OSHA requirements are set by statute, standards and regulations. Our interpretation letters explain these requirements and how they apply to particular circumstances, but they cannot create additional employer obligations. This letter constitutes OSHA's interpretation of the requirements discussed. Note that our enforcement guidance may be affected by changes to OSHA rules. Also, from time to time we update our guidance in response to new information. To keep apprised of such developments, you can consult OSHA's website at https://www.osha.gov.

December 23, 1992


                   REGION I



We apologize for the delay in this response. The following information is presented to you for your consideration and appropriate action.

The inspection, citations and resulting meetings and discussions with the Corps of Engineers concerning the Baird MaGuire site and the TSP-9 site specifically, has brought to the forefront the following issues concerning the application of the HAZWOPER standard.

First, how do the site characterization requirements from EPA CERCLA regulations interface with site monitoring requirements found in 1910.120(c), i.e. do areas at a hazardous waste site which do not require clean up require monitoring when invasive work is being performed?

When OSHA promulgated 1910.120 it purposely did not define the term hazardous waste site, deferring instead to EPA and other government agencies. Consequently areas defined as "clean", i.e. not needing remediation, by CERCLA would not fall under the scope of the HAZWOPER standard (assuming there is no potential for an emergency caused by a release of hazardous substance). However, areas that are clean within a larger hazardous waste site remediation project represent a special case. These sites may require ongoing compliance with the provisions of 1910.120, or they may not, depending on the potential for exposure. For example, if invasive work is being performed in an adjacent hot area there may be carry over to the clean area and hence exposure. If invasive work is being carried on in an area, previously characterized as clean, and conditions change e.g. a drum is uncovered, additional monitoring requirements would be invoked.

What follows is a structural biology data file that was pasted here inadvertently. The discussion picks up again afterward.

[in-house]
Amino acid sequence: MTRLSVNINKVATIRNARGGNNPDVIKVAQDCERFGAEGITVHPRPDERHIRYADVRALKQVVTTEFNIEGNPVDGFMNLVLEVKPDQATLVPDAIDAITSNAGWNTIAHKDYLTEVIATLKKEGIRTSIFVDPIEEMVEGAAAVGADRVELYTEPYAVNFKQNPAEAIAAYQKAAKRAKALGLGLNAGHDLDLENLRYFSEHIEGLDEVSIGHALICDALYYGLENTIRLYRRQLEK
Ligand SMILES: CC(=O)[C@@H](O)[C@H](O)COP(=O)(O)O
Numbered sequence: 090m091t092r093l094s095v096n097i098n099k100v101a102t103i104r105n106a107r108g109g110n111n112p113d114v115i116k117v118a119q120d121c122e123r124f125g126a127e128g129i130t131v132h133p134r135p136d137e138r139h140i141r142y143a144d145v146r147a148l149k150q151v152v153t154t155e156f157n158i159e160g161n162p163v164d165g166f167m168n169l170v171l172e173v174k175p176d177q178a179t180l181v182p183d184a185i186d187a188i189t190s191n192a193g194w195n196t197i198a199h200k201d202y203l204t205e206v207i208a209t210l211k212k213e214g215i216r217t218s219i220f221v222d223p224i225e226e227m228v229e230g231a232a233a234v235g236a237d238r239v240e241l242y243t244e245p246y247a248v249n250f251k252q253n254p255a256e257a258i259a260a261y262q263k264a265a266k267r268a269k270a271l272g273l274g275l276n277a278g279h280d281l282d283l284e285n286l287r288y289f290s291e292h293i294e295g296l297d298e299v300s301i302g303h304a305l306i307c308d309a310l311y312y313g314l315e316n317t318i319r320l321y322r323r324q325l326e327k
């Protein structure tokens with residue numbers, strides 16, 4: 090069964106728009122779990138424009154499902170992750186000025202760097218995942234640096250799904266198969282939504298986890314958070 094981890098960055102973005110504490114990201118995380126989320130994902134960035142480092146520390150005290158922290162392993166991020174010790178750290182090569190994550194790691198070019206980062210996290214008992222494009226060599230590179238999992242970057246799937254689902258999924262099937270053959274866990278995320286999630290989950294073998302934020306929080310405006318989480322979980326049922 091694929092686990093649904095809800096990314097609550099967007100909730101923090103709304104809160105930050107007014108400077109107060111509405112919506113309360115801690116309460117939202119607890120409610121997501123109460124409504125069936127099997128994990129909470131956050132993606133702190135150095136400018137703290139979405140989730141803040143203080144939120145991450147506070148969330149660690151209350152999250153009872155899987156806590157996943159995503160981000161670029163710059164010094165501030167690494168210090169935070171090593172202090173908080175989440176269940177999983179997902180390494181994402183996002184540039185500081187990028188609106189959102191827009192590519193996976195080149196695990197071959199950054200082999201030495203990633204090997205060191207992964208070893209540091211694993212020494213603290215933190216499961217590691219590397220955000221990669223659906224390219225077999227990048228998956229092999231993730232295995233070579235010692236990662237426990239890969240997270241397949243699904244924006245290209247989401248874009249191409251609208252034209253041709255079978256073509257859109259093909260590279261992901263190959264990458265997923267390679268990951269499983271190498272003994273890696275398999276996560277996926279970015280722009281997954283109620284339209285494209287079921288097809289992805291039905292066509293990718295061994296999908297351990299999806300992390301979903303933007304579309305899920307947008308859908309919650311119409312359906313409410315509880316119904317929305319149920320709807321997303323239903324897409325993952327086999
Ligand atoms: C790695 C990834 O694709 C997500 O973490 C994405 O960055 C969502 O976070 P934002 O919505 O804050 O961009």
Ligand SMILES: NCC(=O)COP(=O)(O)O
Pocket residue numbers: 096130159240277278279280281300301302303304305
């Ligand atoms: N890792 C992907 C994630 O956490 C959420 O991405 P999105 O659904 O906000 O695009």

The second issue addresses the designation of hot, buffer and clean zones within a site. The designation of such areas is the responsibility of the employer and is expected to be made by competent individuals. Often times these designations are made on limited information, so larger territory would be designated than may be necessary. As more information becomes available on the extent and nature of the hazards on site, the size of the exclusion and buffer zones and the extent of the restrictions can be corrected accordingly.

It is our understanding that the TP-9 site at the Baird Maguire superfund site was initially characterized as clean per EPA CERCLA regulations. Invasive work was being undertaken in this area at which time suspicions as to the validity of the "clean" designation were raised. A reexamination of the site characterization data indicated potential exposures as high as 90% of the coal tar pitch permissible exposure level (PEL). Subsequently, an improved model of the exposure scenario was utilized which predicted a potential exposure of 4% of the PEL.

We see the timing of the reassessment of exposure relative to the time suspicions were raised about the validity of the initial characterization and the time between the two assessments of exposure as critical to determining if the citation issued to the Army Corps of Engineers should stand.

The Corps' position is that the two assessments were done as an integral part of the reassessment effort immediately following the questioning of the adequacy of the clean designation for the TP9 area.

If you have any questions or feel other issues need to be addressed in order to close out this case, please contact us.